Thursday, October 03, 2013

Meeting deadlines

John here.

This week, I'm working fast and furious to meet a May 1 deadline for the sequel to BITTER CROSSING, which also comes out in May. I'm revising the opening 150 pages. The process – stopping to reread when I page 100 or 150 – is not new.

And it’s usually painful.

I wrote BITTER CROSSING on spec, and it led to a three-book contract. When the offer came in, I immediate started planning the sequel. I’m leery of using the word “outline” because that’s probably not the right word. I have six pages of character sketches, each one adding more light to the would-be plot.

Here’s one character sketch:

Maximilian Karp, 50, was born in Prague. He has several personality traits that were forged at a young age and have now become crystallized: One of six children, he lost a sibling when an incendiary device took the life of his younger brother while the family traveled to Afghanistan when he was a child. His parents told him the bomb was from the U.S. Army. He was an outcast as a child, singled out for his poverty, singled out, too, because when his father was killed, when Karp was 10, his mother took menial jobs to support the family. And when those jobs failed, she turned to prostitution, using a sheet to cover the doorway to one of the four rooms in the house. Images of the bare twin mattress that lay beyond the sheet, memories of the neighborhood kids' harassing remarks, and the recollections, like a movie reel playing over and over, of one of his mother's clients in particular, come back in crashing waves at Karp.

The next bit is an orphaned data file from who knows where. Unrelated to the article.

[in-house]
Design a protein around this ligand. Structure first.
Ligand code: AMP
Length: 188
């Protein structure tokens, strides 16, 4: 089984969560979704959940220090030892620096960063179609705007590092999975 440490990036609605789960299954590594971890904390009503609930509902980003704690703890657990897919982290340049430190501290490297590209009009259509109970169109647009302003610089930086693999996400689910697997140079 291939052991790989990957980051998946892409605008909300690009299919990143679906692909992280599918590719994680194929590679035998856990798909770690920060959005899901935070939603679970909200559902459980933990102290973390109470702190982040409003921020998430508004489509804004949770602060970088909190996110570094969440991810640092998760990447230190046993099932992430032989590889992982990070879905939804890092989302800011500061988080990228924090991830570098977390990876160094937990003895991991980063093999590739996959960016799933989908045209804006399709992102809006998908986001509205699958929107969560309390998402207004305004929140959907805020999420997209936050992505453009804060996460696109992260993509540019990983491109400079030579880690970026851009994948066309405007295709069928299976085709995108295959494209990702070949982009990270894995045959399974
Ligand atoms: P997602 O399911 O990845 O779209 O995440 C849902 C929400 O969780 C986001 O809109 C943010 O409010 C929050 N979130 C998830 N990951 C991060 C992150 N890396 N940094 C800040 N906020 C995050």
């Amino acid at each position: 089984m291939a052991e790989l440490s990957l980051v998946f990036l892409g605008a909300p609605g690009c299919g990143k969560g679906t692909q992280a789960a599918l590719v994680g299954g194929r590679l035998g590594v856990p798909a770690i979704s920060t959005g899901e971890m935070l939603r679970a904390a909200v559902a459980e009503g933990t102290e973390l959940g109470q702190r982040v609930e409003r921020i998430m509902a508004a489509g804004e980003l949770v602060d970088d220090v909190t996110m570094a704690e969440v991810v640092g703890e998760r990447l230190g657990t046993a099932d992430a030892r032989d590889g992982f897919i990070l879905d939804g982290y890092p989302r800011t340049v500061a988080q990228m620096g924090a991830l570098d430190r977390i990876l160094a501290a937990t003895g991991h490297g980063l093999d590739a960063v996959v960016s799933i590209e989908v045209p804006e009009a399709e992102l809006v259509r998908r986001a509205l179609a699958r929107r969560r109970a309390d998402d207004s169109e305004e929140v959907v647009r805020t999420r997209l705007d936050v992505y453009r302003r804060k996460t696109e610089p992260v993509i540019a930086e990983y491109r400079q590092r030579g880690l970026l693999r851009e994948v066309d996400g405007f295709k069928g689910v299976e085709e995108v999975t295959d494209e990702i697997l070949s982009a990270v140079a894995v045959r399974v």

How much of this back-story will the reader ever see? Who knows? Will readers know Max had a traumatic experience involving his mother? Probably. (Hey, for a guy who never outlines, I’m doing my best here.) As you can see, my focus is on each of the main player’s back-story and his or her ensuing psyche and motivations. If I honor the character sketches (each one runs a half to a full page), and, as Hemingway said, write one sentence that logically follows the previous one, the plot should take care of itself.

Or, at least that’s what I’m telling myself, as I plod ahead, reading, cutting, and adding to the opening 150 pages.

1 comment:

Charlotte Hinger said...

John, I love to read about writer's processes. Good luck, and I'm sure you will pull it off